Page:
After spending time at the museum, the students walked to the Russell Senate Building on Capitol Hill to meet with Senator Deb Fisher. After a brief meeting and a photo opportunity, the group proceeded to Senator Ben Sasse’s office. With Congress debating the latest spending bill, Senator Sasse was unavailable to meet with our students; however, a staff member from his office took the group on a quick tour of the Capitol Building. Of note on the tour was the Old Hall of the House, a large, two-story, semicircular room near the Capitol Rotunda. In this room, presidents James Madison, James Monroe, John Quincy Adams, Andrew Jackson and Millard Fillmore were inaugurated. Also, the group passed through the Capitol Rotunda and saw where 32 presidents and national leaders’ bodies have lied in state before their burials, the latest being the Rev. Billy Graham.
After supper at Union Station, all Close Up students boarded buses and headed to Ford’s Theater in Chinatown to watch a theatrical production of “The Wiz.” This musical is a retelling of L. Frank Baum's children's novel The Wonderful Wizard of Oz in the context of modern African-American culture.
After a long and busy day, Wahoo High’s student group returned to the hotel to rest up for Thursday’s trip to Arlington National Cemetery.
Tuesday, March 20, 2018
The Air Force Memorial is located on the grounds of Fort Myer near The Pentagon, and next to Arlington National Cemetery, which the students will visit on Thursday. The design of the Air Force Memorial is meant to remind observers of the contrails from the Air Force Thunderbird squadron.
Above left: Students pose at the World War II Memorial. Above right: Abi Klein, Dan Dunn, and Anna Dobesh outside the Pentagon. It was raining/sleeting all morning. After that, students went to the Afghanistan Embassy and listened to an ambassador talk about his country. Below: A photo of the Air Force Memorial, designed to look like the contrails from the Thunderbird squadron.
Once the students returned to their hotel, they broke into session “committees” and discussed current political issues that ranged from increasing the national minimum wage to anti-discrimination laws. Once committees decided their position on their issue, a select number of student leaders from each committee brought their issue to the floor of the full session. To conclude the debate, the full session voted “yay” or “nay,” voicing their support or disapproval of a committee's position on that issue.
Despite the impending snow storm, the Close Up program will go on as scheduled Wednesday. The Wahoo students will begin their day bright and early with a White House tour at 7:30 a.m. Departure from the hotel will be at 6:00 a.m.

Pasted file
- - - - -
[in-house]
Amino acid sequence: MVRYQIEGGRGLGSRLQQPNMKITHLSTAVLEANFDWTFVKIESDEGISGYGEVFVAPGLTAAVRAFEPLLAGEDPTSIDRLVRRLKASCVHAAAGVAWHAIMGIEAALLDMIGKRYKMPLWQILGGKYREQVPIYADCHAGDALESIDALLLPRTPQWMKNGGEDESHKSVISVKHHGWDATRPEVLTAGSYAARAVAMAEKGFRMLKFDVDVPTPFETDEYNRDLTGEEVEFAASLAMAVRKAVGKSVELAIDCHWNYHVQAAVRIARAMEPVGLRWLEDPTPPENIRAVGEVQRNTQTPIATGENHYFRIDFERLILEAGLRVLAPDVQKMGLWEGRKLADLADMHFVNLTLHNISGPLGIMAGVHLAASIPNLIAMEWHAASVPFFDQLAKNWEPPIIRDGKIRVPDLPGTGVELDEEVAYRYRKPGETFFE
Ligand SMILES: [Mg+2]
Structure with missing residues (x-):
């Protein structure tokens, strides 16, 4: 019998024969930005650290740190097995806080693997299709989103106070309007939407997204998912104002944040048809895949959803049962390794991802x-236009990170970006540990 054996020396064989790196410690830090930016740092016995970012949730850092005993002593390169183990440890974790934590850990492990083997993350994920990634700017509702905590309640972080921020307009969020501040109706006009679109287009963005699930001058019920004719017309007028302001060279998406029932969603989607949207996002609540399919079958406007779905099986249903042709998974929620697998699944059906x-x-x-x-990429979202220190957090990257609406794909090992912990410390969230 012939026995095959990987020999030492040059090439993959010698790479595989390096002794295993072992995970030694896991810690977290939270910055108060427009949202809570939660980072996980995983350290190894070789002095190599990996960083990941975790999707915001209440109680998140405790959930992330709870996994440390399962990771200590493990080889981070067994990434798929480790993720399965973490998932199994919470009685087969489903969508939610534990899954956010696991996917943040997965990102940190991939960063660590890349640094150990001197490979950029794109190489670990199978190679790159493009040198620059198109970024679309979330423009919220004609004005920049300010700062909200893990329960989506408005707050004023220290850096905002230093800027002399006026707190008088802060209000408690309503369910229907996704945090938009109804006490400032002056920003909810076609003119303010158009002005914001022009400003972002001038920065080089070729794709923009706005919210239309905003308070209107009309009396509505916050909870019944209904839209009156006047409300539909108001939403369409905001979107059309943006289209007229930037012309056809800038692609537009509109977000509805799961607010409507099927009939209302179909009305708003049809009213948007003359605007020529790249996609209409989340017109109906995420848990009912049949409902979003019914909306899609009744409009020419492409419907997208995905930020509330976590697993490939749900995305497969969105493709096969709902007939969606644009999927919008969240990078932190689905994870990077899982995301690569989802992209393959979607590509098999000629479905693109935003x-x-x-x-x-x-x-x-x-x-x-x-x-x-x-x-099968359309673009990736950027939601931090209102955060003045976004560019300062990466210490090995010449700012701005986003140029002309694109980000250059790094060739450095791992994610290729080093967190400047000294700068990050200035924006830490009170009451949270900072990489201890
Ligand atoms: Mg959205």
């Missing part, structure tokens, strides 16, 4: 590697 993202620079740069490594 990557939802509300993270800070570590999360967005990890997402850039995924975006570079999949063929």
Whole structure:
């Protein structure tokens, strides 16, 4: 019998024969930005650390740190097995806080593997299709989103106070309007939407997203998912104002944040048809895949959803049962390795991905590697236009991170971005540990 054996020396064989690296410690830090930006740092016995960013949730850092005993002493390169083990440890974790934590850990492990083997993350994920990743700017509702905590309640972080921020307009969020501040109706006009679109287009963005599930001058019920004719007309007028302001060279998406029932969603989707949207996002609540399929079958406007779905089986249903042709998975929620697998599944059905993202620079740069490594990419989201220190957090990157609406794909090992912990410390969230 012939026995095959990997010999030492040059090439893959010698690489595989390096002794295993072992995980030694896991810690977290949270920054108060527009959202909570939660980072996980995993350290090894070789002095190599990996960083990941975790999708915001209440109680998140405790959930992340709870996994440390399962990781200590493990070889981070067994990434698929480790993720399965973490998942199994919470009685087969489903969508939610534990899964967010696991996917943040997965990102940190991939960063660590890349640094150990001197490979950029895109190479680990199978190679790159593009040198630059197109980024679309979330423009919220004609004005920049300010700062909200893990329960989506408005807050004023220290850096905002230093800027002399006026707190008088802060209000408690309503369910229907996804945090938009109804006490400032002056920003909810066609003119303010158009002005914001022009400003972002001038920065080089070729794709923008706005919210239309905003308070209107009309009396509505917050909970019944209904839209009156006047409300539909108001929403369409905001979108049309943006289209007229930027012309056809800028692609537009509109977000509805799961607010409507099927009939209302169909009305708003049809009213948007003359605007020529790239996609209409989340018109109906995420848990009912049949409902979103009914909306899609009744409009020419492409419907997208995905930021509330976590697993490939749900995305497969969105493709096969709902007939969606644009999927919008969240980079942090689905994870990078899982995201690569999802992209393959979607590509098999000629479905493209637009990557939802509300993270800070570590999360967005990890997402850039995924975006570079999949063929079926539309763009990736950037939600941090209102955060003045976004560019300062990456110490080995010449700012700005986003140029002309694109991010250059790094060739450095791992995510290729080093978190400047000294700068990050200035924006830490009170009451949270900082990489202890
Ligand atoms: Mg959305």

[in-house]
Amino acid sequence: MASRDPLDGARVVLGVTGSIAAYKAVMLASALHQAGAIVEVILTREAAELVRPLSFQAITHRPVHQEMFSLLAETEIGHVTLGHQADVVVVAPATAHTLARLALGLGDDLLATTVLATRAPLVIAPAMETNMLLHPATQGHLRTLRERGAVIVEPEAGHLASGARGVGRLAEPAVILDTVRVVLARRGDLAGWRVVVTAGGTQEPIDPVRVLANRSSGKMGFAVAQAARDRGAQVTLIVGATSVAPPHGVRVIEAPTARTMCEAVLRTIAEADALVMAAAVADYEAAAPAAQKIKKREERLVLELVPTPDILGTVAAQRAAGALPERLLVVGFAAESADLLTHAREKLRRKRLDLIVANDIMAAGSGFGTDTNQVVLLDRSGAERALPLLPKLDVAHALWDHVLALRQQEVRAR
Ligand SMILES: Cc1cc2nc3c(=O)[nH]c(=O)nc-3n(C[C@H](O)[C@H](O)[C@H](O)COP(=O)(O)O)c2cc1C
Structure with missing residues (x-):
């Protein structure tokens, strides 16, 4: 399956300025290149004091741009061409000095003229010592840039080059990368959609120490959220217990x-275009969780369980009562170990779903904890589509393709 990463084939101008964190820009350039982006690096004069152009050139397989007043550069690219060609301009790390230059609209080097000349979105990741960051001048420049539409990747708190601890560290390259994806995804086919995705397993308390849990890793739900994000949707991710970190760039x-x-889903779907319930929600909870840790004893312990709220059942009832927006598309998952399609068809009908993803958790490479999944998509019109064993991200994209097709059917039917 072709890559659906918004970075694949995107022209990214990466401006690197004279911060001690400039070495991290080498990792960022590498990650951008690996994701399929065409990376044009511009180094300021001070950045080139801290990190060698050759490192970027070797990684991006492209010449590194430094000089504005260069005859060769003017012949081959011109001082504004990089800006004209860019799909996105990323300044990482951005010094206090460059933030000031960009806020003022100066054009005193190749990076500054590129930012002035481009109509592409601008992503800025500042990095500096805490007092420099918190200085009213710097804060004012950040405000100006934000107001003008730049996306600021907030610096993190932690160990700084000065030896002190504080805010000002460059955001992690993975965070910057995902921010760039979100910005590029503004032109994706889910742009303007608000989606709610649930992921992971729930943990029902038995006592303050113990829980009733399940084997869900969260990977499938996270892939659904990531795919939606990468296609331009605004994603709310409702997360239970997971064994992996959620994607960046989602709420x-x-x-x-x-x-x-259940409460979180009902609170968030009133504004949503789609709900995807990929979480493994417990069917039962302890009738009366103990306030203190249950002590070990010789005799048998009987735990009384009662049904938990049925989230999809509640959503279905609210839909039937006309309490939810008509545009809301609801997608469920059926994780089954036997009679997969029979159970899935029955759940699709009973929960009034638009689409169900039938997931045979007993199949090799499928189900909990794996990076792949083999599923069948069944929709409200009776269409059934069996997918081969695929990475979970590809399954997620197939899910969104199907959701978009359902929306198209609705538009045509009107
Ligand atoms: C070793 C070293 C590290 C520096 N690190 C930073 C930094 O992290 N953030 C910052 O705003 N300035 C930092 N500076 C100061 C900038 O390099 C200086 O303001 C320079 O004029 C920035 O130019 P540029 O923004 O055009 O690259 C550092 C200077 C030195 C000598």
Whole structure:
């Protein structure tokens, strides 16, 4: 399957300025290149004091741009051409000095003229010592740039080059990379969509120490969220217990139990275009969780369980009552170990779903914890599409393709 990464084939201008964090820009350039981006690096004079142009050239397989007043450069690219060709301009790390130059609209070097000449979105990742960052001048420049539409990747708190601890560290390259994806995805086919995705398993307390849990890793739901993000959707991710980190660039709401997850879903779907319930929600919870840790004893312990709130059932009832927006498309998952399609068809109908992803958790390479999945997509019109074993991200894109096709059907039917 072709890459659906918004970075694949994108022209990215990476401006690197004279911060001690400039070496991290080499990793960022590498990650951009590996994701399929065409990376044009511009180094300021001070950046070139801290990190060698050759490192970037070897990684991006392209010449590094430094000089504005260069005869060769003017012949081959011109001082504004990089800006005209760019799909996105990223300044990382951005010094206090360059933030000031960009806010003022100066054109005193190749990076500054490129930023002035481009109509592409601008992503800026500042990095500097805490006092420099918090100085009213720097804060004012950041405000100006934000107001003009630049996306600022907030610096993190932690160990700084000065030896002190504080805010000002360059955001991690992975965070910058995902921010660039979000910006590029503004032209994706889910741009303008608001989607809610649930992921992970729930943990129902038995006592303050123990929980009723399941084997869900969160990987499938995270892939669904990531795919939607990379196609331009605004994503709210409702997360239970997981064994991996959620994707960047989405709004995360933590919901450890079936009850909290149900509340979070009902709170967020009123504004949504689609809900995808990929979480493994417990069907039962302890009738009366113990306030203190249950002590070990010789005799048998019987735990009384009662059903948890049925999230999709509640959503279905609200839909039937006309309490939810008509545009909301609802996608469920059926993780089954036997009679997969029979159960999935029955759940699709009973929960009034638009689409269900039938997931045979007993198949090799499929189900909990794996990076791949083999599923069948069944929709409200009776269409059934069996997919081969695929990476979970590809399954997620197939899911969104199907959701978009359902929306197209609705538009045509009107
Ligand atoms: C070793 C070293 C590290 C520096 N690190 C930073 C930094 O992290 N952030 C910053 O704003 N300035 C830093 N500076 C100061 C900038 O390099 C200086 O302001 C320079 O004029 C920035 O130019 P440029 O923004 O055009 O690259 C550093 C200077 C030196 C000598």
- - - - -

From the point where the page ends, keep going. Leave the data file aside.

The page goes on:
Today, Mr. Harris and I headed out to Charlottesville, Virginia, to explore the University of Virginia, which was designed by Thomas Jefferson. Fun fact - of all the accomplishments of Jefferson, on his grave he wanted to be remembered for the following three items: author of the Declaration of American Independence, author of the Virginia Statute for Religious Freedom, and Father of the University of Virginia.
Left: the Rotunda at the University of Virginia at Charlottesville. Right: the Learning Pavilions and student quarters at UVA.
Jefferson founded UVA as a public institution with no religious affiliation, a rather bold move for the time period. Jefferson was a strong believer that only well educated citizens could keep the experiment of democracy going. At the center of UVA is The Rotunda, which contained a library and classrooms, a reflection of Jefferson's strong belief in the power of education. It is truly an amazing campus with a great deal of history!
From UVA, we headed to Jefferson's home and plantation, Monticello. Monticello was designed by Jefferson, and modified by Jefferson as a result of his time in France and his own architectural research. The home contains beautiful art pieces, maps, fossils, technological innovations, and numerous original artifacts of Jefferson.
Monticello, home of Thomas Jefferson
Monticello and UVA are both awesome examples of the brilliance of Jefferson, but must also be counterbalanced with the story of slavery. The man who penned the famous words "all men are created equal" utilized slave labor to construct and run Monticello and UVA. It is important to recognize the legacy of slavery in these stories. In recognizing the overall significance of UVA and Monticello, both sites are listed as UNESCO World Heritage Sites.
All in all, another fantastic day of learning more about the story of our country and about Jefferson!
Monday, March 19, 2018
Yesterday, Close Up students spent time studying at the Jefferson, FDR and MLK, Jr. Memorials. They also spent time with group leaders discussing current national issues such as the opioid crisis, college access and affordability and youth voting.
Close Up students posing at the Jefferson Memorial.
Mattie Pfeiffer said that it's so neat to see things that people all over the world dream about seeing. Emma Thrasher commented that she is enjoying talking with and listening to people who have different political views than her.
Above left: a spirited group strikes a pose on the National Mall, with the Washington Monument in the background. Right: Anna Dobesh stands with her Close Up program leader.
Monday morning for teachers began with breakfast and hearing from Kelsey Millay, who is part of the National Women's Party. She spoke of the history of the fight for women to gain suffrage and the role that the National Women's Party played in that struggle. She also discussed the upcoming centennial of the ratification of the 19th Amendment, which gave women in the U.S. the Constitutional right to vote.